Demand Inflation

Even though with spare-labor capacity at about 45-50% there is significant demand destruction, the cost of employment is rising. Labor costs will continue to rise under pressure to raise the minimum wage, for example, which is a product of weak demand.

Weak demand is a deflationary risk. When the Fed sees wage inflation (using maximum-control authority) it is likely to raise interest rates, but deflation will not be the effect. (Normal is new, remember?) Borrowing cheap to consolidate assets and support unemployment (hoarding labor) gains resistance and, surprise, we have a modest recovery at a higher (but better-than-negative) rate of interest.

Being bonded to authority, the economic fate of just about everybody is in the hands of about one-tenth of a percent of the population.

(Where’s the self-determination–the enfranchisement–of a free-market legitimacy?)

Don’t be fooled by a modest recovery. It’s a straw man. It’s a set up to knock you down, organized to network the externalities (gaining scale).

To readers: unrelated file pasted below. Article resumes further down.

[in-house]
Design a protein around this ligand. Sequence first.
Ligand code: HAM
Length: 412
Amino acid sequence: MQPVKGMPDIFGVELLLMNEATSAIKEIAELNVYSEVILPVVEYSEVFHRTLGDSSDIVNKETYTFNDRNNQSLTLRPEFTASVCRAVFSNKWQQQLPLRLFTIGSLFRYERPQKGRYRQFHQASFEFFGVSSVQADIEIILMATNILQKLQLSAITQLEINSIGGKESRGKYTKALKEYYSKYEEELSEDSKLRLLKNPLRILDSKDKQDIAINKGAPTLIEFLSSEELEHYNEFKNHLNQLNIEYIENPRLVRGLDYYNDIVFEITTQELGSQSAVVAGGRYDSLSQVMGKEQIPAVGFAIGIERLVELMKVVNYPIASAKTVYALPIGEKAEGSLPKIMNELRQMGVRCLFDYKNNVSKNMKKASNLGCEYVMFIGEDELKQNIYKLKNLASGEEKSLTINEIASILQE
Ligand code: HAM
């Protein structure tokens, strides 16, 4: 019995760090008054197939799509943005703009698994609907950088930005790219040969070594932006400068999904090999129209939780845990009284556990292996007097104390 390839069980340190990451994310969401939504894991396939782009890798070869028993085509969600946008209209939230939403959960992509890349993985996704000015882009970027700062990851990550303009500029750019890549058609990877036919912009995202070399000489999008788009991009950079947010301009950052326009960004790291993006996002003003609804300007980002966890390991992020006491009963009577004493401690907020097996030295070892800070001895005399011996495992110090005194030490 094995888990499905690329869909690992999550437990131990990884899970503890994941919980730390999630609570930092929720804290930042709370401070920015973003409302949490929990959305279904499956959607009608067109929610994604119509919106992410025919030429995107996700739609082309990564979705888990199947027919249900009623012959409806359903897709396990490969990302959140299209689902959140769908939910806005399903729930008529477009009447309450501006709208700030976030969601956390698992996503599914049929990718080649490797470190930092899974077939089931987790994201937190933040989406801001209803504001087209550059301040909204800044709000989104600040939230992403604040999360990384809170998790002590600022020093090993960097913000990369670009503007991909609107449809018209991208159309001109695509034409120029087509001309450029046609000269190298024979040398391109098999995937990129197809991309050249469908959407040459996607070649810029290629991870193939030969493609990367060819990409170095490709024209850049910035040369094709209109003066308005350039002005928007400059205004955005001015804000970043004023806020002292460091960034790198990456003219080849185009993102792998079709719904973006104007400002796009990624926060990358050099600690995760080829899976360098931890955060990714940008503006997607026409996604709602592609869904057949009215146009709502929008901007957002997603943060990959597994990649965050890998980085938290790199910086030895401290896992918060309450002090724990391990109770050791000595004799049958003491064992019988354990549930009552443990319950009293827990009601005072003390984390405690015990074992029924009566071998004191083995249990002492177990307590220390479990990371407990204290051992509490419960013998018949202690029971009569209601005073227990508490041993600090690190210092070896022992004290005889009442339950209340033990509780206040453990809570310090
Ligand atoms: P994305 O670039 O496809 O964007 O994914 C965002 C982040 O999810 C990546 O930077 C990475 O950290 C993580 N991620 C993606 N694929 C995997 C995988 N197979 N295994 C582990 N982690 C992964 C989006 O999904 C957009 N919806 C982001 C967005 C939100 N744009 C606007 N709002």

Gaining scale (organizing the psychopathy) raises the rents to the point of default. It measures austerity in the futures (in late order) but you don’t really notice (which the elite then determine to be apathy and ineptitude) because…you are not in control!

Yielding to aristocratic authority (like Ayn Rand says it always does) yields to default of sovereign debt.

Since “The People” are sovereign, 99.9% of us are being delivered, inflated in numbers, existing on demand, privately enterprised by one-tenth in the pursuit of happiness.

(What’s wrong with that ratio, Horatio!)

As far as the ruling class is concerned, the Revolution is over and (having a middle-class identity) is a complete success.

The king no longer rules with a majority interest. Conserving the extension of rents, however, using franchises to resemble a middle-class identity, for example, capitalism is lapsing back into feudalism more and more all the time to protect the peasants from “the risk” by default.

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About griffithlighton

musician-composer, artist, writer, philosopher and political economist (M.A.)
This entry was posted in Political-Economy and Philosophy and tagged , . Bookmark the permalink.

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